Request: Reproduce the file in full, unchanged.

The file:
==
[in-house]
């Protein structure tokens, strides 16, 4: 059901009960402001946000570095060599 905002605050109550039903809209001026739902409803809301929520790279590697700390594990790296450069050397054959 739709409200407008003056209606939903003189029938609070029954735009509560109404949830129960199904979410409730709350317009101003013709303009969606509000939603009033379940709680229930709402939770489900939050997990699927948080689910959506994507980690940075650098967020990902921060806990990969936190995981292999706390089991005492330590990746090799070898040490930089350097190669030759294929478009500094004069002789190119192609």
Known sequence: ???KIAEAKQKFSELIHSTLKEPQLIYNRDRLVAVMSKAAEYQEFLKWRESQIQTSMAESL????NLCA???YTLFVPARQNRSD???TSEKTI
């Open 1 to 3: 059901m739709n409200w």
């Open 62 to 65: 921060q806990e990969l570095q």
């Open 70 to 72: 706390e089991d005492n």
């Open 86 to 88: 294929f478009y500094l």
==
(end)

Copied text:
[in-house]
């Protein structure tokens, strides 16, 4: 059901009960402001946000570095060599 905002605050109550039903809209001026739902409803809301929520790279590697700390594990790296450069050397054959 739709409200407008003056209606939903003189029938609070029954735009509560109404949830129960199904979410409730709350317009101003013709303009969606509000939603009033379940709680229930709402939770489900939050997990699927948080689910959506994507980690940075650098967020990902921060806990990969936190995981292999706390089991005492330590990746090799070898040490930089350097190669030759294929478009500094004069002789190119192609």
Known sequence: ???KIAEAKQKFSELIHSTLKEPQLIYNRDRLVAVMSKAAEYQEFLKWRESQIQTSMAESL????NLCA???YTLFVPARQNRSD???TSEKTI
């Open 1 to 3: 059901m739709n409200w």
């Open 62 to 65: 921060q806990e990969l570095q």
């Open 70 to 72: 706390e089991d005492n």
């Open 86 to 88: 294929f478009y500094l």